Trainee teacher denied teaching qualification, because of 'drunken pirate' photo. Teenager humiliated for life, after lightsaber video goes viral. Canadian psychotherapist denied entry to the US, because forty-year-old journal article acknowledges LSD use.
Facebook® exposes you to privacy risks. These risks have the potential to ruin your personal and professional lives. Forget Me Do® Limited have identified the revelation of personal information as the source of these risks and developed the Forget Me Do® app to protect you. The app offers protection by regularly deleting obsolete information from Facebook®.
Facebook® boasts 829 million daily active users.1 Every day, these users upload more than 4.75 billion items of content, 'like' more than 4.5 billion items, and send more than 10 billion messages,2 contributing to Facebook®'s 600 terabyte daily, data harvest.3 Facebook® undoubtedly enhances our lives. Nevertheless, the unprecedented deluge of information leaking from Facebook® is alarming and this information causes us harm. Direct harms arise from the mere act of disclosure.
Moreover, indirect harms may arise.
We all have memories that should be forgotten. Yet nothing is forgotten on Facebook®:13 Our entire histories are widely accessible to our employers, partners, colleagues, subordinates, parents, neighbours, cousins, friends, ... Although each of us has disclosed information, let us be honest, we did not realise the implications.
Forget Me Do® Limited's founder, Ben Smyth, sought to respond to the privacy risks by advocating the deletion of information from Facebook®. He immediately discovered that protecting yourself by manually deleting harmful information is an insurmountable task: an average Facebook® user uploads approximately 8500 pieces of information every year,14 which would take almost two days to identify and delete, assuming it takes 5 seconds to identify and remove each piece of information. Equipped with his Master of Engineering (MEng) degree in Computer Science & Software Engineering and Doctorate of Philosophy (PhD) in Computer Security, Smyth incorporated Forget Me Do® Limited for the purpose of developing an app that would automate the deletion process.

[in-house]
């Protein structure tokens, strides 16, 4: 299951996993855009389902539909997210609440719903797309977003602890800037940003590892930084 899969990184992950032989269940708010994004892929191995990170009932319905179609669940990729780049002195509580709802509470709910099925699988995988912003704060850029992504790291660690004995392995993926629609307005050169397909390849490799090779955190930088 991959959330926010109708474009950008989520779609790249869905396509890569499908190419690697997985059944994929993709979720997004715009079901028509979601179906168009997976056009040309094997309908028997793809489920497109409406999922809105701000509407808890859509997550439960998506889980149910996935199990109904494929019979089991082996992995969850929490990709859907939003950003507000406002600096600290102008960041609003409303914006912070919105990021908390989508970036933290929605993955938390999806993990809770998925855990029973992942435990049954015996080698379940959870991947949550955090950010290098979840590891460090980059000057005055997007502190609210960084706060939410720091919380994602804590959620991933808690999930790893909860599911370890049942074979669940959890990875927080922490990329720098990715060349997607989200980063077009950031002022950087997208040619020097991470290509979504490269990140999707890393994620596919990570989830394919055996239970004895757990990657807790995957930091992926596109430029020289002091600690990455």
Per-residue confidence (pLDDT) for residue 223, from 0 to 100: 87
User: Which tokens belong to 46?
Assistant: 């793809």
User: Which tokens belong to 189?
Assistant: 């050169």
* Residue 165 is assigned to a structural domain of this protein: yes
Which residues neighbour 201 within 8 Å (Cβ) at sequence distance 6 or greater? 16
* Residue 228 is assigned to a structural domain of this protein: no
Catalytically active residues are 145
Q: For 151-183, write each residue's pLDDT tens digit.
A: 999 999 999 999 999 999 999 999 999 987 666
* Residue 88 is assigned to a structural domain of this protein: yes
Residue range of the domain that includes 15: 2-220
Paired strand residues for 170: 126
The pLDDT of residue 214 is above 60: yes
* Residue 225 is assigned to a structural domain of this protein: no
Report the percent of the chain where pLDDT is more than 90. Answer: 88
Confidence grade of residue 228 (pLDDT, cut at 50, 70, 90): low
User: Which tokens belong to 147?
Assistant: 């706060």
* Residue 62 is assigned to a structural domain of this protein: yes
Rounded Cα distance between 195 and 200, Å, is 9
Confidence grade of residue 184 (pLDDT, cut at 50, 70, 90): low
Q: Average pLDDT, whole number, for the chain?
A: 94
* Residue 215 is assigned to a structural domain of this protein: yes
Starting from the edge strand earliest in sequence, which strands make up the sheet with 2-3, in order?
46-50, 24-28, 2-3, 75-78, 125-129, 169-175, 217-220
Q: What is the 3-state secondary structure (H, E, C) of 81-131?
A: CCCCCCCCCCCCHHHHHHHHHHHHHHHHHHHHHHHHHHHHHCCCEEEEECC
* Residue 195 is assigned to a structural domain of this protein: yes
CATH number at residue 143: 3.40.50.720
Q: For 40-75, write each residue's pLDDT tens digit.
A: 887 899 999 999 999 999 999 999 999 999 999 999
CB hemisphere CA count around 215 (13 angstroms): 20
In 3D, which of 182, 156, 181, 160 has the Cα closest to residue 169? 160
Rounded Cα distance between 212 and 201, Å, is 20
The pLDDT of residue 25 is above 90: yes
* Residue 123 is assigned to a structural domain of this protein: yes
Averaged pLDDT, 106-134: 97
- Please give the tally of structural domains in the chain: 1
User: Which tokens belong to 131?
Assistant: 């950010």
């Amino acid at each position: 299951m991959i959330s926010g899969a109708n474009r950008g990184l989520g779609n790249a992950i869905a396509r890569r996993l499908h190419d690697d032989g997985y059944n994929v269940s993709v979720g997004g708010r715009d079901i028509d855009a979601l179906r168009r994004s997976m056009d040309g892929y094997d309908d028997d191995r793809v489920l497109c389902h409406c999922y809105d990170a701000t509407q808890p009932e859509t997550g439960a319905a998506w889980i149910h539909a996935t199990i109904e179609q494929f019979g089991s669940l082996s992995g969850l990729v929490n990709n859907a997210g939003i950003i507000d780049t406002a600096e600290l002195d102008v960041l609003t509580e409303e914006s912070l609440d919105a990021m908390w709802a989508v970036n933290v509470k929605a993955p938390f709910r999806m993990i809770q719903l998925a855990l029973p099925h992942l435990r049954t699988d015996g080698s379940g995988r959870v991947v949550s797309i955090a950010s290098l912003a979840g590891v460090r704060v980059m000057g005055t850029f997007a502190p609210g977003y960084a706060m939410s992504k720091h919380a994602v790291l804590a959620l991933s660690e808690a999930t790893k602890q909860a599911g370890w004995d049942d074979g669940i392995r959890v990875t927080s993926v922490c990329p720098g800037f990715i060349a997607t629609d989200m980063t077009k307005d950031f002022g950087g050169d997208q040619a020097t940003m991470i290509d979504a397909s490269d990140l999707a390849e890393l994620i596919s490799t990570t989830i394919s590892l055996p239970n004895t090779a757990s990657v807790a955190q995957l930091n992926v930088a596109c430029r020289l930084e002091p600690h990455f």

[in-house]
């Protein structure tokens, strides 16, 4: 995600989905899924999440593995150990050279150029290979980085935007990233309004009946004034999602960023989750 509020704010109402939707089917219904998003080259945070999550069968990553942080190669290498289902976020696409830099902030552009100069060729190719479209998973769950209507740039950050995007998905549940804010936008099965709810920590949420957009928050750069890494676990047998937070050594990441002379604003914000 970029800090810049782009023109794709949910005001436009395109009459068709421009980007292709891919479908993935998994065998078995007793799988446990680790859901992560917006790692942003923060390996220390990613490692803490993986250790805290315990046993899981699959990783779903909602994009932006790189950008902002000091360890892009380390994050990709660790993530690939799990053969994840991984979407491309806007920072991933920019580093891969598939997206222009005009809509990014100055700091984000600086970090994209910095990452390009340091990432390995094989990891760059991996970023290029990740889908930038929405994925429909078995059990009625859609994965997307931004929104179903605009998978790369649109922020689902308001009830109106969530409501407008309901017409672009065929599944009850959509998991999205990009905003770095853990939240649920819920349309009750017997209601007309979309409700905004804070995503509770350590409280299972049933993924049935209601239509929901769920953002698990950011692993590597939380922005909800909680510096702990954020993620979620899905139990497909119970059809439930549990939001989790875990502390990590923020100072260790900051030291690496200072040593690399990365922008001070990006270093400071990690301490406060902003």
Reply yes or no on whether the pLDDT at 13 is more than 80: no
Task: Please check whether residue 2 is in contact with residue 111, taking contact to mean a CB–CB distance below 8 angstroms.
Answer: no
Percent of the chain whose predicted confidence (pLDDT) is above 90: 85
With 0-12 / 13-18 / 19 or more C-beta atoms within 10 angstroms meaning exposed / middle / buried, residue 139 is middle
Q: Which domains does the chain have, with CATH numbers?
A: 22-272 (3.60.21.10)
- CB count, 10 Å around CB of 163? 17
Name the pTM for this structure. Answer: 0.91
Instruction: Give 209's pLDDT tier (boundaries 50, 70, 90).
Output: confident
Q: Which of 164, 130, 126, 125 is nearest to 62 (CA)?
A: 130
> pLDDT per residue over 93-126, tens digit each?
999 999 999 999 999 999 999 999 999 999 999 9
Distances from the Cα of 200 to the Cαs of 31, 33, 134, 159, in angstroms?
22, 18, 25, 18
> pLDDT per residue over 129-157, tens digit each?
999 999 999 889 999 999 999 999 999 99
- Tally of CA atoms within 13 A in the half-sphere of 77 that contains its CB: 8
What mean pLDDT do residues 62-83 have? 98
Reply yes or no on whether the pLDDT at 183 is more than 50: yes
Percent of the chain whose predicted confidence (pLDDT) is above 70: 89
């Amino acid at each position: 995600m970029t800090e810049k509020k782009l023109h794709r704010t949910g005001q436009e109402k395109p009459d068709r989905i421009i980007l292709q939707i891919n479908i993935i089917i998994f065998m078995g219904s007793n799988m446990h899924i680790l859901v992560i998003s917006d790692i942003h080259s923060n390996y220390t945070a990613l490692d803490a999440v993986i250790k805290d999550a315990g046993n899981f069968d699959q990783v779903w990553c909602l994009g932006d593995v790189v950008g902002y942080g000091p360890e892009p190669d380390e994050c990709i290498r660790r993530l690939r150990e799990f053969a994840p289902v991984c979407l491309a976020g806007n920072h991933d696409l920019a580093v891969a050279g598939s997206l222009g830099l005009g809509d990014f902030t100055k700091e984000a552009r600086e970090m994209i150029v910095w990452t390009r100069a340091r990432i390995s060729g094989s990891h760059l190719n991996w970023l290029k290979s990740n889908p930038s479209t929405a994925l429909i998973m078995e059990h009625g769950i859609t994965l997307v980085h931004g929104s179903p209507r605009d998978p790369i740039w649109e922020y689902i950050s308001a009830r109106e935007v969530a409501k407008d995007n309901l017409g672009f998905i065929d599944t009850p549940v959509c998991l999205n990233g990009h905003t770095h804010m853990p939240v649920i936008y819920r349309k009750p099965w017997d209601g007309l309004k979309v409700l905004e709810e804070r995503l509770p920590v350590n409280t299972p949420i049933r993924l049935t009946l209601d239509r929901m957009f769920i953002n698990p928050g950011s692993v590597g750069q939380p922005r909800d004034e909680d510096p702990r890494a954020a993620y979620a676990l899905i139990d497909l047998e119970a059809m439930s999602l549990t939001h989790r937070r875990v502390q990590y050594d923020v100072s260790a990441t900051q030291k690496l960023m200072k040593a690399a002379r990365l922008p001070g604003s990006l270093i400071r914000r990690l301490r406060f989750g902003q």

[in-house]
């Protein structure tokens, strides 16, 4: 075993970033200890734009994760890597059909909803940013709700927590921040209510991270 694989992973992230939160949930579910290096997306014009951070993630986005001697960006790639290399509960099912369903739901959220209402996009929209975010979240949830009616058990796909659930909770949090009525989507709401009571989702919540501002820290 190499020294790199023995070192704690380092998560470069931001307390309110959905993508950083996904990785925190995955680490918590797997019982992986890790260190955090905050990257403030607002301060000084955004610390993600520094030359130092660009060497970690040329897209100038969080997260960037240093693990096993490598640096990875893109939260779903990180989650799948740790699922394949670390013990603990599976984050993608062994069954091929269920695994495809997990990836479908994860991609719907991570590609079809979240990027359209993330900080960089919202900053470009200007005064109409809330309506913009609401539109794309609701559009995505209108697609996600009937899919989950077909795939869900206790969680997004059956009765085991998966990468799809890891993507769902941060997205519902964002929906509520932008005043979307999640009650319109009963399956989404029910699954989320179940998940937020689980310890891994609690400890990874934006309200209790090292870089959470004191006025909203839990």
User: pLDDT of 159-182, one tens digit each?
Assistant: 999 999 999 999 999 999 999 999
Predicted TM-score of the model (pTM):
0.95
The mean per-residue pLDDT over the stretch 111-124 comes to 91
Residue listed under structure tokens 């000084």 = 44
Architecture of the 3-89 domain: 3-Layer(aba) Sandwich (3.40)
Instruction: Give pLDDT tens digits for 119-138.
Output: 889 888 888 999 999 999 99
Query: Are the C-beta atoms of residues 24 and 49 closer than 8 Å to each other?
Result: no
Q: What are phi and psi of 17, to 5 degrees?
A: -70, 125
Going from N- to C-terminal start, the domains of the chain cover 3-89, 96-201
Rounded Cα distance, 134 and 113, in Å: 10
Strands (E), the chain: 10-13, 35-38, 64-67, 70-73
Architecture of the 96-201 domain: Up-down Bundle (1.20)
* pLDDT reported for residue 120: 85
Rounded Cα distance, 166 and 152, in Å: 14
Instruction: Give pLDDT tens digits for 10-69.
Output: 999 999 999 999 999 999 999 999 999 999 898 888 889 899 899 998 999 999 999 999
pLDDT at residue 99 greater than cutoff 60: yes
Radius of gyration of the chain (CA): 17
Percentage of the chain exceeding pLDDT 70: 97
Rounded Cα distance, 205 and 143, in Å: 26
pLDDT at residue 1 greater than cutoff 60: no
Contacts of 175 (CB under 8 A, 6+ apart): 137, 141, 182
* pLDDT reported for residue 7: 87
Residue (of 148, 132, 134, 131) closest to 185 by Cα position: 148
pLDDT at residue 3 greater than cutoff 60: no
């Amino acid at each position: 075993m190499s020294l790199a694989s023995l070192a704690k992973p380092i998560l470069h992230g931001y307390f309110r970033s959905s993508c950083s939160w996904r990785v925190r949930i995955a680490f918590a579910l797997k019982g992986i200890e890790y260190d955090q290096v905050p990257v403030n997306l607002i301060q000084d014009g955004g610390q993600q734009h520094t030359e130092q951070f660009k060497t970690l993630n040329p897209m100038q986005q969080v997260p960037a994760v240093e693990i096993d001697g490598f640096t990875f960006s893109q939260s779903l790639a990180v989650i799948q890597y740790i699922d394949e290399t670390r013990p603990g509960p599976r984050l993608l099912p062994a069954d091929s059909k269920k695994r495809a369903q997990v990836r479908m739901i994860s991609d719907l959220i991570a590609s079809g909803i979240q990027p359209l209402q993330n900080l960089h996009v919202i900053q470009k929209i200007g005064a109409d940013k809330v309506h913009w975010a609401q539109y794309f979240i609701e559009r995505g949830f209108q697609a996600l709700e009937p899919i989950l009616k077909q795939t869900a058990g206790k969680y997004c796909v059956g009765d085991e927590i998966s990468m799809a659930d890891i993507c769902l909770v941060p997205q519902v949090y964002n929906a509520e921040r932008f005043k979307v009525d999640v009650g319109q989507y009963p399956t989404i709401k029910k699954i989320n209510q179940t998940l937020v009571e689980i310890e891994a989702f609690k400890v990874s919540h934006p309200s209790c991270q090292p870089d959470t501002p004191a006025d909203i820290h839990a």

The Forget Me Do® app automatically deletes status updates and removes tags from photos on Facebook®. The app is available on Android™ and iOS™. We have now made it free to delete unlimited statuses and tags. Forget Me Do® Limited plan to extend their app to other social network sites in the future.
Forget Me Do® Limited's immediate goal is to empower the general public with an app that helps eliminate the privacy risks associated with Facebook®, thereby enabling the masses to avoid harm. Longer-term, Forget Me Do® Limited aim to stimulate debate on online privacy and, ultimately, to help revolutionise society's perspective of online privacy.
1 Facebook® (2014) Facebook Reports Second Quarter 2014 Results, pp1.
2 Facebook®, Ericsson®, & Qualcomm® (2013) A focus on Efficiency, pp6.
3 Pamela Vagata & Kevin Wilfong (2014) Scaling the Facebook data warehouse to 300 PB.
4 Charles Duhigg (2012) How Companies Learn Your Secrets, New York Times.
5 danah boyd (2008) Facebook's Privacy Trainwreck: Exposure, Invasion, and Social Convergence. In Convergence: International Journal of Research into New Media Technologies.
7 Matt Markovich (2010) Firesheep developer: Facebook ignoring huge security problem.
8 Facebook® (2015) Statement of Rights and Responsibilities.
10 Kathrine Minotti (2008) The Advent of Digital Diaries: Implications of Social Networking Web Sites for the Legal Profession. In South Carolina Law Review.
11 Daniel Solove (2007) The Future of Reputation: Gossip, Rumor, and Privacy on the Internet. Yale University Press, p38.
12 Frank Ahearn (2010) How to Disappear: Erase Your Digital Footprint, Leave False Trails, And Vanish Without A Trace. Lyons Press, Chapters 3 & 12.
13 Cf. "Your digital identity will live forever... because there's no delete button" - Eric Schmidt.
14 Facebook®'s 829 million daily active users produces more than 19.25 billion items of content, likes, and messages, per day. That amounts to approximately 8500 pieces of information per user, per year.